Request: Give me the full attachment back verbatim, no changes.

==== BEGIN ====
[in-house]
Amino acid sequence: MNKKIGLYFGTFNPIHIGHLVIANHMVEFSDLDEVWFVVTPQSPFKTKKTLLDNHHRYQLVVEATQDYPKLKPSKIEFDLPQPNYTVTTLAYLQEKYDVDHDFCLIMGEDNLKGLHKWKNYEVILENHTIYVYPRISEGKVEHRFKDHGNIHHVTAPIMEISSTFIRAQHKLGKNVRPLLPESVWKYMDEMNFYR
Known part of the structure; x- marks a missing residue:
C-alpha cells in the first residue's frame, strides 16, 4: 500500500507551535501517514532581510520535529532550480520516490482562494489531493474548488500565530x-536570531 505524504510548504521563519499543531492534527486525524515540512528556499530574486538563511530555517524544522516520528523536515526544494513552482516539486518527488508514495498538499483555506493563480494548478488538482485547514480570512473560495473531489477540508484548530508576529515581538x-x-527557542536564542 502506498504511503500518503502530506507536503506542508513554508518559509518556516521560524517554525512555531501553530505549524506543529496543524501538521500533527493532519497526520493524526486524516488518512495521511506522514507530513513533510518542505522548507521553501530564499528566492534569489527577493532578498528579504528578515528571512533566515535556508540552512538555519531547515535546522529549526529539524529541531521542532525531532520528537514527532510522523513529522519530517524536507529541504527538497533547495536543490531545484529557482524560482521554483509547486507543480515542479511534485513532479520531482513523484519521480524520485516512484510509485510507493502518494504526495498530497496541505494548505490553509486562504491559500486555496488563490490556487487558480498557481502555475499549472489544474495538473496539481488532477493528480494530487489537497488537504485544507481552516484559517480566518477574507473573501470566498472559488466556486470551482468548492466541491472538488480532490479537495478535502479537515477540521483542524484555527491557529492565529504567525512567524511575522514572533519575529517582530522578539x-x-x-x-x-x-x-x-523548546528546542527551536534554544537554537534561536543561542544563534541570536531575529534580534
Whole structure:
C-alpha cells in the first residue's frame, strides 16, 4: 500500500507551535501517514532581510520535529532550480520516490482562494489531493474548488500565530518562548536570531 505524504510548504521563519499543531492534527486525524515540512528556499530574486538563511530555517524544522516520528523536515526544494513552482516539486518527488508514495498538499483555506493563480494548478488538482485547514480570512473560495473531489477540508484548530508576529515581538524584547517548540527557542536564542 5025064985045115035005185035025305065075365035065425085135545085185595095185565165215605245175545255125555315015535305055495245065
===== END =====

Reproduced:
[in-house]
Amino acid sequence: MNKKIGLYFGTFNPIHIGHLVIANHMVEFSDLDEVWFVVTPQSPFKTKKTLLDNHHRYQLVVEATQDYPKLKPSKIEFDLPQPNYTVTTLAYLQEKYDVDHDFCLIMGEDNLKGLHKWKNYEVILENHTIYVYPRISEGKVEHRFKDHGNIHHVTAPIMEISSTFIRAQHKLGKNVRPLLPESVWKYMDEMNFYR
Known part of the structure; x- marks a missing residue:
C-alpha cells in the first residue's frame, strides 16, 4: 500500500507551535501517514532581510520535529532550480520516490482562494489531493474548488500565530x-536570531 505524504510548504521563519499543531492534527486525524515540512528556499530574486538563511530555517524544522516520528523536515526544494513552482516539486518527488508514495498538499483555506493563480494548478488538482485547514480570512473560495473531489477540508484548530508576529515581538x-x-527557542536564542 502506498504511503500518503502530506507536503506542508513554508518559509518556516521560524517554525512555531501553530505549524506543529496543524501538521500533527493532519497526520493524526486524516488518512495521511506522514507530513513533510518542505522548507521553501530564499528566492534569489527577493532578498528579504528578515528571512533566515535556508540552512538555519531547515535546522529549526529539524529541531521542532525531532520528537514527532510522523513529522519530517524536507529541504527538497533547495536543490531545484529557482524560482521554483509547486507543480515542479511534485513532479520531482513523484519521480524520485516512484510509485510507493502518494504526495498530497496541505494548505490553509486562504491559500486555496488563490490556487487558480498557481502555475499549472489544474495538473496539481488532477493528480494530487489537497488537504485544507481552516484559517480566518477574507473573501470566498472559488466556486470551482468548492466541491472538488480532490479537495478535502479537515477540521483542524484555527491557529492565529504567525512567524511575522514572533519575529517582530522578539x-x-x-x-x-x-x-x-523548546528546542527551536534554544537554537534561536543561542544563534541570536531575529534580534
Whole structure:
C-alpha cells in the first residue's frame, strides 16, 4: 500500500507551535501517514532581510520535529532550480520516490482562494489531493474548488500565530518562548536570531 505524504510548504521563519499543531492534527486525524515540512528556499530574486538563511530555517524544522516520528523536515526544494513552482516539486518527488508514495498538499483555506493563480494548478488538482485547514480570512473560495473531489477540508484548530508576529515581538524584547517548540527557542536564542 5025064985045115035005185035025305065075365035065425085135545085185595095185565165215605245175545255125555315015535305055495245065